A warning has been issued by scientists about “devastating tsunamis” caused by climate change.
New research suggests that rising sea levels – caused by global warming – significantly increase the threat of giant killer waves.
Tsunamis are one of the deadliest natural disasters and experts say they could get even worse.
A new Science Advances study modeled the impact of tsunamis based on sea level increases and discovered worrying results.
It found that rising sea levels allowed tsunamis to reach much further inland, significantly increasing the risk of floods.
This means small tsunamis that might not be deadly today could wreak havoc in the future.
“Our research shows that sea-level rise can significantly increase the tsunami hazard, which means that smaller tsunamis in the future can have the same adverse impacts as big tsunamis would today,” said Robert Weiss, a professor of geosciences at Virginia Tech.
Weiss worked with the Earth Observatory of Singapore, the Nanyang Technological University and the National Taiwan University to map the dangers of future tsunamis.
He explained that small tsunamis generated by earthquakes occur frequently around the world, and may eventually be far more hazardous.
The researchers created computer-simulated tsunamis at current sea levels and then compared them to the same simulations with sea-level increases of 1.5 feet and 3 feet.
Weiss’ simulations charted the effect of a tsunami in Macau, a densely populated region in southern China.
The area is generally considered safe from the threat of tsunamis. At current sea levels, an earthquake would need to measure a magnitude of 8.8 or higher to cause “widespread tsunami inundation” in Macau.
But with a sea-level rise of 1.5 feet, the frequency of tsunami-induced flooding in the simulation rose by 2.4 times.
And for the 3-foot increase, the frequency of flooding rose to 4.7 times.
“We found that the increased inundation frequency was contributed by earthquakes of smaller magnitudes, which posed no threat at current sea level, but could cause significant inundation at higher sea-level conditions,” said Lin Lin Li, a senior research fellow at the Earth Observatory of Singapore.
Scientists used 5,000 tsunami simulations generated from “synthetic earthquakes” in the Manila Trench.
The Manila Trench is the main hazard point for large tsunamis in the South China Sea.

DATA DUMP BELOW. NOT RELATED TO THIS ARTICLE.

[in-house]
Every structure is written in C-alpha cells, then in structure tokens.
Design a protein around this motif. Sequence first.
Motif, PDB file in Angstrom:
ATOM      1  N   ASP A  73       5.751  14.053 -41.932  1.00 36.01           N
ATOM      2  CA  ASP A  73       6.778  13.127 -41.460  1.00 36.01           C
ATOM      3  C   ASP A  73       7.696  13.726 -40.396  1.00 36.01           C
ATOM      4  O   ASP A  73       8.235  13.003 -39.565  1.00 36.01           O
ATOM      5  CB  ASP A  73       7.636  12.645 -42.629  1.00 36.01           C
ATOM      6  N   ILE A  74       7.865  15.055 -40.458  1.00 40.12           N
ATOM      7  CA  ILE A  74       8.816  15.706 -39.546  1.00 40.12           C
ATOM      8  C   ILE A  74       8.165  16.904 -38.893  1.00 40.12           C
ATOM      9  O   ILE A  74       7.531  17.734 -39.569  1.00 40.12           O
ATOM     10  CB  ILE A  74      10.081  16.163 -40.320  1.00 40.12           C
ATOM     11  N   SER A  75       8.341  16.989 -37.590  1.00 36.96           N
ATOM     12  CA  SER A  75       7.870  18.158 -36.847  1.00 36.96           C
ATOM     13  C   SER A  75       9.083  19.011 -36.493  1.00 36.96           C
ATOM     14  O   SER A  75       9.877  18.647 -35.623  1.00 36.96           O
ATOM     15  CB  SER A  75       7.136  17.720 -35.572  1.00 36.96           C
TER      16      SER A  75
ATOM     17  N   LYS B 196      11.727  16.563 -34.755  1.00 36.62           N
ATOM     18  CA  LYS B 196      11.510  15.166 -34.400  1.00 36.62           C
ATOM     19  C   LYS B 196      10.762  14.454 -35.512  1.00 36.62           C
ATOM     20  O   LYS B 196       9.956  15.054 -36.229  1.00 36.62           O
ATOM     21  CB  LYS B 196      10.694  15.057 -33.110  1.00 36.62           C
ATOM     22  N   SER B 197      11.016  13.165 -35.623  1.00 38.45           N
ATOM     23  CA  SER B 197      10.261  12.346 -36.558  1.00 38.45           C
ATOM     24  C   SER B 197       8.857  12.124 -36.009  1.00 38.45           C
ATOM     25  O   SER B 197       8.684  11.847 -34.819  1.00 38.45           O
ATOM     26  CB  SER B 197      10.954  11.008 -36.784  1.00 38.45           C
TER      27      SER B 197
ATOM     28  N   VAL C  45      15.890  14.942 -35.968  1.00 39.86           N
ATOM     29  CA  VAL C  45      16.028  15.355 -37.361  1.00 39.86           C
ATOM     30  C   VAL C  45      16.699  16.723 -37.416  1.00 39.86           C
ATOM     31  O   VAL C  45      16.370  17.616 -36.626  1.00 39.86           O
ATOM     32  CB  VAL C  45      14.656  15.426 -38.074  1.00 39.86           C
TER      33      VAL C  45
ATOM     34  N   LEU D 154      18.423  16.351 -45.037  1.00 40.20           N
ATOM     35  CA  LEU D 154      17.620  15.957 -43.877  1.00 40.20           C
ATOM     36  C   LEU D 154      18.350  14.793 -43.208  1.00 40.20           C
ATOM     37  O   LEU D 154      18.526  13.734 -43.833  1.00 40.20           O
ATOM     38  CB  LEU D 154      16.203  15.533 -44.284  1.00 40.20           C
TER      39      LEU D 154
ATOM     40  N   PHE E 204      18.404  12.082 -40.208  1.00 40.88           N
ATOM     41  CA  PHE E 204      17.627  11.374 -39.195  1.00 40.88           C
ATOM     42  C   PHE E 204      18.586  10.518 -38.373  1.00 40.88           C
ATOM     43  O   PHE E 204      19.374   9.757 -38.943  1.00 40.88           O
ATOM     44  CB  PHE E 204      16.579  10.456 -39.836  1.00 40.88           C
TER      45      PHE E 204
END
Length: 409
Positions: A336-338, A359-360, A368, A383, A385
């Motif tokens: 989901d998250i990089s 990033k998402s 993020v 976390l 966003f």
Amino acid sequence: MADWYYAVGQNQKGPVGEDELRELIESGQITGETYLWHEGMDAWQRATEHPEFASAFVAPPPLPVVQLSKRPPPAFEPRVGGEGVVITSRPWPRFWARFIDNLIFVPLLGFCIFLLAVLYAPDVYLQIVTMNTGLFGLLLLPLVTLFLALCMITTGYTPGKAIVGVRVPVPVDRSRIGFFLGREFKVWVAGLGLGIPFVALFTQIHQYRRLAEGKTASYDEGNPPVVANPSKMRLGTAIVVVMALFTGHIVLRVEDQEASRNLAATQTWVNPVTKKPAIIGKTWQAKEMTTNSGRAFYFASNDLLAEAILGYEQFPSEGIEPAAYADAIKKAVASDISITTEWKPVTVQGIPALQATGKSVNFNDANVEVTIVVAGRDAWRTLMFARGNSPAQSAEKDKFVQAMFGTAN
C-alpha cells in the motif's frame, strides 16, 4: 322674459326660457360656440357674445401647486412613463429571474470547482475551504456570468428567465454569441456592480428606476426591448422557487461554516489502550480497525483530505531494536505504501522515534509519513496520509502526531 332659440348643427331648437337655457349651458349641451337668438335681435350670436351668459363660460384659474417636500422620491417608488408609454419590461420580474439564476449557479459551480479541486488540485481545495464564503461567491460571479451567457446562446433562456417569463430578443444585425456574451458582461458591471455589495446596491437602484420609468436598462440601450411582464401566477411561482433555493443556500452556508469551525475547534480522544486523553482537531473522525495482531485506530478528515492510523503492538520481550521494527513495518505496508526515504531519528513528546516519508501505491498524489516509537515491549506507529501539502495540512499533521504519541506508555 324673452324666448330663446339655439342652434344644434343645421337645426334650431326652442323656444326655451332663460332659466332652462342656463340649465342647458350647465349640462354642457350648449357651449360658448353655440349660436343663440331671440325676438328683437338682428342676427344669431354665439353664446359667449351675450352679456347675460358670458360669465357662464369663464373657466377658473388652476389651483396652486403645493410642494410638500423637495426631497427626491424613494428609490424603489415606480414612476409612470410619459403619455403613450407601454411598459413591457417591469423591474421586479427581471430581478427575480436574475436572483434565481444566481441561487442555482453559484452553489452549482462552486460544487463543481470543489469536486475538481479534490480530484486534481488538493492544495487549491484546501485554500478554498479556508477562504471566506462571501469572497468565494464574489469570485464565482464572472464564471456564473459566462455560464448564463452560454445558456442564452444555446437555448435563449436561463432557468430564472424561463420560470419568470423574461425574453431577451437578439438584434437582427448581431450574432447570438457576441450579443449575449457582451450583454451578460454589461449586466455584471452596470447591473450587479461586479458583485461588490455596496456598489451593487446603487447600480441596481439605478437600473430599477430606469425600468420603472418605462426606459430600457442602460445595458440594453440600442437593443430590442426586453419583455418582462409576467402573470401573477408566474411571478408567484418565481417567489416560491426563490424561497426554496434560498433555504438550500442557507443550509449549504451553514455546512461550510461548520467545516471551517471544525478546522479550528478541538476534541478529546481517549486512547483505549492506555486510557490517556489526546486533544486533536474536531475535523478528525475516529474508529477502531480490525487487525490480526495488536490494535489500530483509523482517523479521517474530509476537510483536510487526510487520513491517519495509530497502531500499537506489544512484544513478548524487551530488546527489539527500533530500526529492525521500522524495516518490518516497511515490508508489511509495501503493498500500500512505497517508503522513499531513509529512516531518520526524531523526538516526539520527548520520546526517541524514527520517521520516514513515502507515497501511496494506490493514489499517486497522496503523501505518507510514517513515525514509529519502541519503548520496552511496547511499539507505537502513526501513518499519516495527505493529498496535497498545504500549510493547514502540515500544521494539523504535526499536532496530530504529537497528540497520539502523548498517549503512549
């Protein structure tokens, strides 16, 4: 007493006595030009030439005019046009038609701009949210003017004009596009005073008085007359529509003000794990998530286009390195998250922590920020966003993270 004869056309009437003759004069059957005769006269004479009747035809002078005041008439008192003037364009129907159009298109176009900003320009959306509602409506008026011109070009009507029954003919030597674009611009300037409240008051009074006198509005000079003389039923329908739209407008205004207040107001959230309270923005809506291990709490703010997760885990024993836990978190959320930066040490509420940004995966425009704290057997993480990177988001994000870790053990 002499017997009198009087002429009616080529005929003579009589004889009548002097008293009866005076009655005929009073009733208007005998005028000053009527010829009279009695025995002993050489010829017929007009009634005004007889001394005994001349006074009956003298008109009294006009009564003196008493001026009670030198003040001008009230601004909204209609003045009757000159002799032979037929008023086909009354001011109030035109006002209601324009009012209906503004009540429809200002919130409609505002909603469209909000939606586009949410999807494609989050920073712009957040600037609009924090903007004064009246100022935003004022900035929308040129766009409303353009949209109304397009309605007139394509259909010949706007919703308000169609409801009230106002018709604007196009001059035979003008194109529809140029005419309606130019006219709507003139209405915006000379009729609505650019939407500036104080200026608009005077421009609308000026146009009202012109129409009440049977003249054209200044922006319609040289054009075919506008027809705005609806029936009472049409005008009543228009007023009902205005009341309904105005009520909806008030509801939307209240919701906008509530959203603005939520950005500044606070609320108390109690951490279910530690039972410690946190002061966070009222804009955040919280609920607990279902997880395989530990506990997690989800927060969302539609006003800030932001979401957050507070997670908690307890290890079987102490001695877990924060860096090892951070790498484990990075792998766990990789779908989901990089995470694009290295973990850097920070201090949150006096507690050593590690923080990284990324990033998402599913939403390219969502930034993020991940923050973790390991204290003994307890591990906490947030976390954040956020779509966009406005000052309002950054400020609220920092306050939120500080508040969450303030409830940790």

It hasn’t experienced an earthquake larger than magnitude 7.8 since the 16th century.
But study co-author Wang Yu said that the region shares many similarities to the source areas that led to the deadly 2004 Indonesian earthquake, and Japan’s 2011 quake – both of which led to huge tsunamis.
In the future, it’s possible that smaller-magnitude earthquakes could instigate similar events – all thanks to rising sea levels.
It’s estimated that sea levels in the Macau region will increase by 1.5 feet by 2060, and by 3 feet by 2100.
“The South China Sea is an excellent starting point for such a study because it is an ocean with rapid sea-level rise and also the location of many mega cities with significant worldwide consequences if impacted,” explained Weiss.
“Sea-level rise needs to be taken into account for planning purposes, for example for reclamation efforts but also for designing protective measures, such as seawalls or green infrastructure.”
He went on: “What we assumed to be the absolute worst case a few years ago now appears to be modest for what is predicted in some locations.”
“We need to study local sea-level change more comprehensively in order to create better predictive models that help to make investments in infrastructure that are or near sustainable.”
Sea levels aren’t just rising in the South China Sea – they’re rising globally.
The rise is largely attributed to global climate change: partly due to warming seas, causing “thermal expansion” of the water, and partly due to melting ice sheets and glaciers on land.
It’s estimated that we’ll see a rise of between 1 and 8 feet during the 21st century.
Published at Thu, 16 Aug 2018 18:54:10 +0000